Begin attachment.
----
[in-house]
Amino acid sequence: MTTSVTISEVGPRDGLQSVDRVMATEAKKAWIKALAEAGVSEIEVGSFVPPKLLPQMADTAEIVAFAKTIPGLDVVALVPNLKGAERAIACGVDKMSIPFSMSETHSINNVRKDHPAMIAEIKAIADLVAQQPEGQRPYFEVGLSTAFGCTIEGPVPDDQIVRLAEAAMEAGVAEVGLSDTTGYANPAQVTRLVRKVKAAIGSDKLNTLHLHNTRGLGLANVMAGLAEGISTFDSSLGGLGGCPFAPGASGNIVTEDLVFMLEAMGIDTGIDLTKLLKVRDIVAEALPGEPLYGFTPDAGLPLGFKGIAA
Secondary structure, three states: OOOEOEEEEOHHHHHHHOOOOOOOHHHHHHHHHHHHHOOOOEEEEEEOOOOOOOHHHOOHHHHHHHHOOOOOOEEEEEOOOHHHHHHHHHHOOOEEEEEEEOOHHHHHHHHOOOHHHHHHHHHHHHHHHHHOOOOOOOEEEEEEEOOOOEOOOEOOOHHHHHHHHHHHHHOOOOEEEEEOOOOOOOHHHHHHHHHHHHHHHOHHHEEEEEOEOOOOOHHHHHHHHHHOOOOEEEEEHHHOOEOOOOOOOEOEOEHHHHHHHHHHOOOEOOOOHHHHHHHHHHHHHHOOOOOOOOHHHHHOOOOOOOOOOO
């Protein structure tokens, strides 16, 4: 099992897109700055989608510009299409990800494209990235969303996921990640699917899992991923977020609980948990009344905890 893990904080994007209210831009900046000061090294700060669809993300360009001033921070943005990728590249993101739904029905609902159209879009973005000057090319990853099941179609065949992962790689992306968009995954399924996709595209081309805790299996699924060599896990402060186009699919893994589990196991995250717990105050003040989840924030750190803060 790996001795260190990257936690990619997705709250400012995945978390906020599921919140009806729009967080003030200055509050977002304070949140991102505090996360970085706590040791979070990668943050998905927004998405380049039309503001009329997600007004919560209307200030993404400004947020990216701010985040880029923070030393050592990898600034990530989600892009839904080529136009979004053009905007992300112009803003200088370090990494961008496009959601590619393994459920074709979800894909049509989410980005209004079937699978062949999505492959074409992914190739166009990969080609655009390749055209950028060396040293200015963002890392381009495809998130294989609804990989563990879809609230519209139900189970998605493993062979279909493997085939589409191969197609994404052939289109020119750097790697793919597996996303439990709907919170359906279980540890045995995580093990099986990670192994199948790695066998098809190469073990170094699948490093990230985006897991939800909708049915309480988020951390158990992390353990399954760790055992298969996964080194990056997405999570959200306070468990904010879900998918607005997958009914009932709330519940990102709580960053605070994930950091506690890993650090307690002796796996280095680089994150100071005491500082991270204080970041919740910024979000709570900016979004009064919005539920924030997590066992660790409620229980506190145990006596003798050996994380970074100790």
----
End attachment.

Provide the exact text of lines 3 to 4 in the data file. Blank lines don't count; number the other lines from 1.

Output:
Secondary structure, three states: OOOEOEEEEOHHHHHHHOOOOOOOHHHHHHHHHHHHHOOOOEEEEEEOOOOOOOHHHOOHHHHHHHHOOOOOOEEEEEOOOHHHHHHHHHHOOOEEEEEEEOOHHHHHHHHOOOHHHHHHHHHHHHHHHHHOOOOOOOEEEEEEEOOOOEOOOEOOOHHHHHHHHHHHHHOOOOEEEEEOOOOOOOHHHHHHHHHHHHHHHOHHHEEEEEOEOOOOOHHHHHHHHHHOOOOEEEEEHHHOOEOOOOOOOEOEOEHHHHHHHHHHOOOEOOOOHHHHHHHHHHHHHHOOOOOOOOHHHHHOOOOOOOOOOO
């Protein structure tokens, strides 16, 4: 099992897109700055989608510009299409990800494209990235969303996921990640699917899992991923977020609980948990009344905890 893990904080994007209210831009900046000061090294700060669809993300360009001033921070943005990728590249993101739904029905609902159209879009973005000057090319990853099941179609065949992962790689992306968009995954399924996709595209081309805790299996699924060599896990402060186009699919893994589990196991995250717990105050003040989840924030750190803060 790996001795260190990257936690990619997705709250400012995945978390906020599921919140009806729009967080003030200055509050977002304070949140991102505090996360970085706590040791979070990668943050998905927004998405380049039309503001009329997600007004919560209307200030993404400004947020990216701010985040880029923070030393050592990898600034990530989600892009839904080529136009979004053009905007992300112009803003200088370090990494961008496009959601590619393994459920074709979800894909049509989410980005209004079937699978062949999505492959074409992914190739166009990969080609655009390749055209950028060396040293200015963002890392381009495809998130294989609804990989563990879809609230519209139900189970998605493993062979279909493997085939589409191969197609994404052939289109020119750097790697793919597996996303439990709907919170359906279980540890045995995580093990099986990670192994199948790695066998098809190469073990170094699948490093990230985006897991939800909708049915309480988020951390158990992390353990399954760790055992298969996964080194990056997405999570959200306070468990904010879900998918607005997958009914009932709330519940990102709580960053605070994930950091506690890993650090307690002796796996280095680089994150100071005491500082991270204080970041919740910024979000709570900016979004009064919005539920924030997590066992660790409620229980506190145990006596003798050996994380970074100790």